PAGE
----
For years, the evolution of Microsoft Windows ran along two different tracks. First, there were the home versions: Windows 95, Windows 98, and Windows Me. These were the Windows for everyday individuals. They were compatible with just about everything on earth, including games of every description—but where stability was concerned, they weren’t what you’d call Rocks of Gibraltar.
Second, there were the corporate versions of Windows: Windows NT and Windows 2000. These versions of Windows rarely froze or crashed, and they featured industrial-strength security. However, they weren’t anywhere near as compatible as the home versions of Windows. If you tried to run the Barney the Dinosaur CD-ROM at work, for example, you were out of luck (if not out of a job).
This schizophrenic approach to the evolution of Windows entailed its share of draw-backs. It meant twice as much engineering effort for Microsoft, twice as much tech-support knowledge by computer companies, and twice as much work for software companies, which had to ensure compatibility with both systems. It wasn’t even so great for you, the PC fan, because you had to worry about compatibility with each piece of software you bought. And it was entirely possible to be confused when sitting down in front of a PC running a different version of Windows.
The goal of Windows XP was simple: Combine the two versions of Windows into a single new operating system that offers the best features of both.
For the most part, Microsoft succeeded. Ending the era of dual operating systems offers both you and Microsoft huge simplicity benefits—now there’s only one operating system to learn, discuss, and troubleshoot. It also offers a big payoff to hardware and software manufacturers, who now have to ensure compatibility with only one operating system.
If you’re used to one of the home versions, you may be surprised by some of the resulting changes; under the colorful, three-dimensional new skin of Windows XP Home lurks Windows 2000, which includes some of its beefy security features. This book will help you get through them.
If you’re used to the corporate versions of Windows, however, the only things to get used to is XP’s greater compatibility with a wide range of hardware and software—and the new look of Windows (which you can turn off if you like).
Either way, you’ve entered a new age: the unified Windows era. Now you, Microsoft, and software companies can get used to the notion that everybody is using the same Windows. (There are still two different editions—a Home and a Professional edition of Windows XP—but they’re not really two different operating systems, as noted in Home Edition vs. Professional Edition.)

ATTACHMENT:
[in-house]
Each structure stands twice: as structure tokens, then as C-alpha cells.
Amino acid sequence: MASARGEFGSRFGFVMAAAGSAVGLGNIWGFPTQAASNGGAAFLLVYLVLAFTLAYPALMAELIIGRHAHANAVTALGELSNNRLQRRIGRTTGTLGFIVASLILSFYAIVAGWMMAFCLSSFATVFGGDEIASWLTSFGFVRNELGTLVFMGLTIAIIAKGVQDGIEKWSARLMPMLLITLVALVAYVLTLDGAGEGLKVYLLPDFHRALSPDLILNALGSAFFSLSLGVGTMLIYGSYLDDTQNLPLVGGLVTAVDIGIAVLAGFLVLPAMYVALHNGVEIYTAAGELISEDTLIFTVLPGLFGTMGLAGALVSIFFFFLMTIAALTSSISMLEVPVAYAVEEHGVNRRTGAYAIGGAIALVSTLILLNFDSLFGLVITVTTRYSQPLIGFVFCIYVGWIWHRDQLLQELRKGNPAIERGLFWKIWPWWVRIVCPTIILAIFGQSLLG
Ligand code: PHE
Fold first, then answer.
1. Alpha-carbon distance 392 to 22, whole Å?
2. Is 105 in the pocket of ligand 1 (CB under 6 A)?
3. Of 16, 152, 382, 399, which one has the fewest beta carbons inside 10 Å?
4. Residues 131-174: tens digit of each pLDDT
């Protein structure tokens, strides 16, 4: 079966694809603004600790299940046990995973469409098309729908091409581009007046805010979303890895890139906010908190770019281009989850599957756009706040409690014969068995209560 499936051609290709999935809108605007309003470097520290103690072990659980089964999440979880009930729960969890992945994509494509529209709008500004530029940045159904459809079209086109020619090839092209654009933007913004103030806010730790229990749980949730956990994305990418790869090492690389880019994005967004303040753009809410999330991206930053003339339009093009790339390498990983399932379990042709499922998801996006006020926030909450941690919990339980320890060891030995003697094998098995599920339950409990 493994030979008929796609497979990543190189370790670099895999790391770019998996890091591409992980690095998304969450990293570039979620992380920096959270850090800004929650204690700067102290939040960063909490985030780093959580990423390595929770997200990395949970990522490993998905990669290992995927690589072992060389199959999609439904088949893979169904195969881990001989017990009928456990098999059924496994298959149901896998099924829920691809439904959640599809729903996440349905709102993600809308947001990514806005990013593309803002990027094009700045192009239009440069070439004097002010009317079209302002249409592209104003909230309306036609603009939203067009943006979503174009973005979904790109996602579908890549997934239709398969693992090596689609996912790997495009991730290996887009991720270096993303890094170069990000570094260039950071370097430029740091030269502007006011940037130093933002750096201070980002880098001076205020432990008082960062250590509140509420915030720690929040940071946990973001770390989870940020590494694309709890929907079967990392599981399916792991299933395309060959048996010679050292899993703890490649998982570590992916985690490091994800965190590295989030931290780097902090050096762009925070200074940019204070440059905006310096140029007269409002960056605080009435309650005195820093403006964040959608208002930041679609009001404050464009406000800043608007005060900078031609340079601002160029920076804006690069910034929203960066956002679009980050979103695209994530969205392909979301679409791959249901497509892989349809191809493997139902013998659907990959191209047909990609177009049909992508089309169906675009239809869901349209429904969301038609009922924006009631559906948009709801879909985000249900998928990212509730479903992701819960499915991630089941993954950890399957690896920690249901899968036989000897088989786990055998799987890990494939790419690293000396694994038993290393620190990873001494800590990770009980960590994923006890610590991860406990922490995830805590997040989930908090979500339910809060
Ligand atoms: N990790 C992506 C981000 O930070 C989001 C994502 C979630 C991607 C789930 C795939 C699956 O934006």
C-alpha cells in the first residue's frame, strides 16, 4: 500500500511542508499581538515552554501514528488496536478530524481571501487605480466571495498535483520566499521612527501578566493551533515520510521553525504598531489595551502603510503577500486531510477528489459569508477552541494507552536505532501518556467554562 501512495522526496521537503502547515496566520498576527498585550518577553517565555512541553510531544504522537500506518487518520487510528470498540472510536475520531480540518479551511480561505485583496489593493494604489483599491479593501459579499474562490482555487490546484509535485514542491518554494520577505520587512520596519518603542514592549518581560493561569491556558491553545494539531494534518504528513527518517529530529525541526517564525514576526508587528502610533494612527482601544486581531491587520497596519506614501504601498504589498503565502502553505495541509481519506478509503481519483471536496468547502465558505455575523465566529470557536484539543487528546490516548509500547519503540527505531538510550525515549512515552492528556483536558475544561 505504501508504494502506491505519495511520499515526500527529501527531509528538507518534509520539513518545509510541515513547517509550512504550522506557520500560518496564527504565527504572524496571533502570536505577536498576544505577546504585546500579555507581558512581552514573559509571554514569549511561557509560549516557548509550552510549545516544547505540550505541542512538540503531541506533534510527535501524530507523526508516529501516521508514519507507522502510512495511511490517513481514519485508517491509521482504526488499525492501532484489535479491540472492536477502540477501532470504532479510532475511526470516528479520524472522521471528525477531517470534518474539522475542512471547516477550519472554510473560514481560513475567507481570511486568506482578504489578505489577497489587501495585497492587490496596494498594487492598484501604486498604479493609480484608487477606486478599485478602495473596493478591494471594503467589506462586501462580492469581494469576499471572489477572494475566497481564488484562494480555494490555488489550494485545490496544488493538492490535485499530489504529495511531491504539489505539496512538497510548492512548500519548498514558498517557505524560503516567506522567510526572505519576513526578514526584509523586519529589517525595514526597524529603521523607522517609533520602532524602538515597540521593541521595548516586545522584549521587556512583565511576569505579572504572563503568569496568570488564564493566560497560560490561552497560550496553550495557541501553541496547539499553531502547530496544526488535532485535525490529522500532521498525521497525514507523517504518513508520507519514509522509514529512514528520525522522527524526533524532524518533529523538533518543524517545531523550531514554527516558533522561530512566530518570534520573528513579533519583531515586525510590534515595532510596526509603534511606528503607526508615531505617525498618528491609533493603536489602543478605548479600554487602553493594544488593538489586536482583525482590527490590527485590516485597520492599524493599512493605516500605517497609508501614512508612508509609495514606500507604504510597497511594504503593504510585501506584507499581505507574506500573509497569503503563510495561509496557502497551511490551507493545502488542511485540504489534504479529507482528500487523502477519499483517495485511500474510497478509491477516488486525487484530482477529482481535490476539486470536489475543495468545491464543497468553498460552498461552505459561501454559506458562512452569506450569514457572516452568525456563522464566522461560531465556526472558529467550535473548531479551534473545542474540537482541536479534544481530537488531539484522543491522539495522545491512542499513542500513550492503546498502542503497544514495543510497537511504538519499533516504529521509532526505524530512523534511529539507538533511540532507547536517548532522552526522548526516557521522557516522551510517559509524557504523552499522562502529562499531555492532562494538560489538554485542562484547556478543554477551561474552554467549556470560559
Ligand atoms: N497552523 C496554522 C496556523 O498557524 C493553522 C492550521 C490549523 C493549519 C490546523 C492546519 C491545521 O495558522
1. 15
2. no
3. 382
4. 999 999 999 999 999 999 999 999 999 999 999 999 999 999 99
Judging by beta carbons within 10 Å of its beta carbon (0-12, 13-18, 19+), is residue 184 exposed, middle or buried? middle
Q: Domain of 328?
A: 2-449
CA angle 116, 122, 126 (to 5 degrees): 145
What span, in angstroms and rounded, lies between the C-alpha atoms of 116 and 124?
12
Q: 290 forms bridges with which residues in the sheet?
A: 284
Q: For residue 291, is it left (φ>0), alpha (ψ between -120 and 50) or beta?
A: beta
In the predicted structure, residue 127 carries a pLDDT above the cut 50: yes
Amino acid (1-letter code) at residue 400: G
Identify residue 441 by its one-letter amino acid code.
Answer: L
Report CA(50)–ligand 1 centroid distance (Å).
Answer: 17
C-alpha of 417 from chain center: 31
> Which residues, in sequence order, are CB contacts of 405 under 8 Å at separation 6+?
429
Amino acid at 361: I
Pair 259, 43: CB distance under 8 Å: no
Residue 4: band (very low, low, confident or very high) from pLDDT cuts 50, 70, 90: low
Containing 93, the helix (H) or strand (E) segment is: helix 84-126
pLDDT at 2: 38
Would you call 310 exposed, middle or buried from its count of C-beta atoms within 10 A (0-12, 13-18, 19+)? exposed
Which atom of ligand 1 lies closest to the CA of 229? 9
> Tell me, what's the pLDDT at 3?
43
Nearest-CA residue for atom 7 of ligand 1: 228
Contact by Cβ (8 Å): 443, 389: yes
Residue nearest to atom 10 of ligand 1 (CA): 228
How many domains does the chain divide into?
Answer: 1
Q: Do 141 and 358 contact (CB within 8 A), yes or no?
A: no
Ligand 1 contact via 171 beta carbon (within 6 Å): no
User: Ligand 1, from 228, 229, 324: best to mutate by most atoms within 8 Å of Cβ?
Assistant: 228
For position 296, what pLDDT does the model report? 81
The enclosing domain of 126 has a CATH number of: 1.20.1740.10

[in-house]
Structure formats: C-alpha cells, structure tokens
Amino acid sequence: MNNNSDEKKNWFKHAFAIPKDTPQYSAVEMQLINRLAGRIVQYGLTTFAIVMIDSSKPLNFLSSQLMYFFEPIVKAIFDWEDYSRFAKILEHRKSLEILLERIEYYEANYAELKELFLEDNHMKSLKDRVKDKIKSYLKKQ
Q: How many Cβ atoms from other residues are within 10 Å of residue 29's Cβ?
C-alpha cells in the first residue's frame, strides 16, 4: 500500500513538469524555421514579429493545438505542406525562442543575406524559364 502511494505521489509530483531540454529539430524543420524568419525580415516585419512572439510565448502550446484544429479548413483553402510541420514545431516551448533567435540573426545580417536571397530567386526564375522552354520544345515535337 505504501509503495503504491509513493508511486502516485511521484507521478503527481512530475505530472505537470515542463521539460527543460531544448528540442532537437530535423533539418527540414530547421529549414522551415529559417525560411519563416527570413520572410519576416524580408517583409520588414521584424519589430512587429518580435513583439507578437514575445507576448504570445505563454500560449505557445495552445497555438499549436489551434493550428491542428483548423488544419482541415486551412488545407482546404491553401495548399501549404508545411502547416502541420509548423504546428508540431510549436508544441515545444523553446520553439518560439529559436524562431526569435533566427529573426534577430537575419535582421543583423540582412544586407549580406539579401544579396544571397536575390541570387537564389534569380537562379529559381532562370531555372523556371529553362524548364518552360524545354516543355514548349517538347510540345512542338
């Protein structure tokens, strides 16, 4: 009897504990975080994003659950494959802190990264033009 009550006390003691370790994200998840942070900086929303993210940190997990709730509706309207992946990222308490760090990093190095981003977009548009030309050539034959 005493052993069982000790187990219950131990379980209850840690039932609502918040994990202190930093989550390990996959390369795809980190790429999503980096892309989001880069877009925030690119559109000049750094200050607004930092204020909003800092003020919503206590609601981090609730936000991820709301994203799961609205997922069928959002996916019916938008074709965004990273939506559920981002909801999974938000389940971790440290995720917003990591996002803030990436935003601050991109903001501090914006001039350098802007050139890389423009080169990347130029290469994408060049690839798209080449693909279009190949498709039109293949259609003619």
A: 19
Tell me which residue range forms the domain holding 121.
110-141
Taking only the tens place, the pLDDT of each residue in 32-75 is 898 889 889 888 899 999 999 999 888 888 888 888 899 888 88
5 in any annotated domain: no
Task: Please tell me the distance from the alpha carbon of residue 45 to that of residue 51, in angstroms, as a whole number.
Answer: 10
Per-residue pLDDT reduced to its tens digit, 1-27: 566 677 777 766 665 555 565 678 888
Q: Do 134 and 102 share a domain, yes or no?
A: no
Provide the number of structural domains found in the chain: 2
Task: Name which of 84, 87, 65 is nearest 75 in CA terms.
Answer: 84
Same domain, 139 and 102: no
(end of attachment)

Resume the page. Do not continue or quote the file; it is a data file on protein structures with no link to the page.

Despite the many improvements in Windows over the years, one feature hasn’t improved a bit: Microsoft’s documentation. In fact, with Windows XP, you get no printed user guide at all. To learn about the thousands of pieces of software that make up this operating system, you’re expected to read the online help screens.
Unfortunately, as you’ll quickly discover, these help screens are tersely written, offer very little technical depth, and lack examples and illustrations. You can’t even mark your place, underline, or read them in the bathroom. In Windows XP, many of the help screens are actually on Microsoft’s Web site; you can’t see them without an Internet connection. Too bad if you’re on a plane somewhere with your laptop.
The purpose of this book, then, is to serve as the manual that should have accompanied Windows XP. In these pages, you’ll find step-by-step instructions for using almost every Windows feature, including those you may not even have quite understood, let alone mastered.
Windows XP Home Edition: The Missing Manual is designed to accommodate readers at every technical level. The primary discussions are written for advanced-beginner or intermediate PC users. But if you’re a first-time Windows user, special sidebar articles called Up To Speed provide the introductory information you need to understand the topic at hand. If you’re an advanced PC user, on the other hand, keep your eye out for similar shaded boxes called Power Users’ Clinic. They offer more technical tips, tricks, and shortcuts for the veteran PC fan.